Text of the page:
Normally from the Book of Isaiah, we hear the prophet say over and over again, “Remember the things that God has done for you. Remember the good things that God has done for you.” The Book of Isaiah is supposed to encourage us and help us realize that God has done good things for us in the past, and He is going to continue to do good things for us in the future.
It’s interesting because in this passage the prophet actually says, “Remember not the things of the past. See, I am doing something new.” What he is saying is that God is going to do something in your life unlike anything you have experienced before. Sometimes we have a tendency to think that God only works with us in a certain way. We believe God is able to handle us in only a certain way here. He couldn’t possibly do something else. Yet, He wants to do something new in us.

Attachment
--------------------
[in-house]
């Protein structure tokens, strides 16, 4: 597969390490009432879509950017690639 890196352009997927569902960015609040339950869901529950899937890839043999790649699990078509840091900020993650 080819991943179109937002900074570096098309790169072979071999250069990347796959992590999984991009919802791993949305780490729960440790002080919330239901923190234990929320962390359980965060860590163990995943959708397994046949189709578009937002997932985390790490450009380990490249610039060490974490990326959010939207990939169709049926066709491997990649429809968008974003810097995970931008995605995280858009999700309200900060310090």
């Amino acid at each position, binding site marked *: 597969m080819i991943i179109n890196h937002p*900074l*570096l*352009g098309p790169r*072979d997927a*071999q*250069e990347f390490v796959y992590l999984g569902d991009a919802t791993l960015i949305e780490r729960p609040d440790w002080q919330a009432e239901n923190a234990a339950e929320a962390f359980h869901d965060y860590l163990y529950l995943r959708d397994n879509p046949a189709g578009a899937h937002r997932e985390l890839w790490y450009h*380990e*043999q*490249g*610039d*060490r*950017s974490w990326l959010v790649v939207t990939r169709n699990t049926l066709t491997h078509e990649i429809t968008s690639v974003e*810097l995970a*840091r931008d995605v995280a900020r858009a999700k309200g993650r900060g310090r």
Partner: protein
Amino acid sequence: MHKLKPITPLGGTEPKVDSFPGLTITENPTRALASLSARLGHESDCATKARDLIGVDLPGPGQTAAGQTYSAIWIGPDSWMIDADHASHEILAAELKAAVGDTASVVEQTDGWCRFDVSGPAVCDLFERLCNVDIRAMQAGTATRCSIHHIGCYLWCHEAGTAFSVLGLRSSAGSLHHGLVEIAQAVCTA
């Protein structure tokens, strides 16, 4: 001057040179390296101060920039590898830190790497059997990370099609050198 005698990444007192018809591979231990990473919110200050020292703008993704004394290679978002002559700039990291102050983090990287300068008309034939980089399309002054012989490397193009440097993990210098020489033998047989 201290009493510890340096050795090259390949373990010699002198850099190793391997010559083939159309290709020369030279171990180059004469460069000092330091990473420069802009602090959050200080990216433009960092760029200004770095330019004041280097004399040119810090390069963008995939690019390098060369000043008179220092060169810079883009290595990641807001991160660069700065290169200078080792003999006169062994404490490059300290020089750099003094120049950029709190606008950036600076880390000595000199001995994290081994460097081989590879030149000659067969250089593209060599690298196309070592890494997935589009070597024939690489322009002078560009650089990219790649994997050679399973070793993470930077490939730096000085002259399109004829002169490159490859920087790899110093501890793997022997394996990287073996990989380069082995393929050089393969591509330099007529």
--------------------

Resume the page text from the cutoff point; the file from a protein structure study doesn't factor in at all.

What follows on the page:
As I was reflecting on the woman caught in adultery, I thought about this whole idea of when Jesus said to her, “Go and sin no more.” He is basically giving her a new life of freedom where she can go and experience this new life. When I’m praying with the gospels, I think, “Ok, what is a modern-day experience with this.”
So, as I was thinking of the woman caught in adultery, it hit me that the modern day experience that we have for this is pornography. It is something that we see, and we catch people in the very act of doing. I realized what a big epidemic it is in our culture. One of the websites actually calls it the new drug. This is the drug that has a grip on our culture.
The church has this beautiful document on it, and it talks about how all men and women are created in the image and likeness of God and in the love of God in others. Pornography damages this image. We no longer look at people as created in the image and likeness of God. We look at them as objects.